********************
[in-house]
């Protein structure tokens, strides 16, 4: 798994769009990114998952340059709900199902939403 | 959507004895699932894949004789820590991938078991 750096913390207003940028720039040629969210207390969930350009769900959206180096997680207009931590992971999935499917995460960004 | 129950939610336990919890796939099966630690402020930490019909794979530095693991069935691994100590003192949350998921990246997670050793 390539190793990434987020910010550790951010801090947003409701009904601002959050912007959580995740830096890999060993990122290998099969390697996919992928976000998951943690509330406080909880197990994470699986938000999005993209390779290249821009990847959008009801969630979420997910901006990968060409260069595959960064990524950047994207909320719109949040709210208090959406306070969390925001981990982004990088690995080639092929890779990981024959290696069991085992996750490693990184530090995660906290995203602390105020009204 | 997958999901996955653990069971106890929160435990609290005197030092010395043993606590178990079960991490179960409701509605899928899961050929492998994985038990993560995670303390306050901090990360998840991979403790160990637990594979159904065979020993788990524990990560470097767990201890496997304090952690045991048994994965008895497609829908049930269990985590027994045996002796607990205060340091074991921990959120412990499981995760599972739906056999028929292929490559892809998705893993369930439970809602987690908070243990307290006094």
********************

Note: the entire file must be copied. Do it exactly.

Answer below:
[in-house]
């Protein structure tokens, strides 16, 4: 798994769009990114998952340059709900199902939403 | 959507004895699932894949004789820590991938078991 750096913390207003940028720039040629969210207390969930350009769900959206180096997680207009931590992971999935499917995460960004 | 129950939610336990919890796939099966630690402020930490019909794979530095693991069935691994100590003192949350998921990246997670050793 390539190793990434987020910010550790951010801090947003409701009904601002959050912007959580995740830096890999060993990122290998099969390697996919992928976000998951943690509330406080909880197990994470699986938000999005993209390779290249821009990847959008009801969630979420997910901006990968060409260069595959960064990524950047994207909320719109949040709210208090959406306070969390925001981990982004990088690995080639092929890779990981024959290696069991085992996750490693990184530090995660906290995203602390105020009204 | 997958999901996955653990069971106890929160435990609290005197030092010395043993606590178990079960991490179960409701509605899928899961050929492998994985038990993560995670303390306050901090990360998840991979403790160990637990594979159904065979020993788990524990990560470097767990201890496997304090952690045991048994994965008895497609829908049930269990985590027994045996002796607990205060340091074991921990959120412990499981995760599972739906056999028929292929490559892809998705893993369930439970809602987690908070243990307290006094």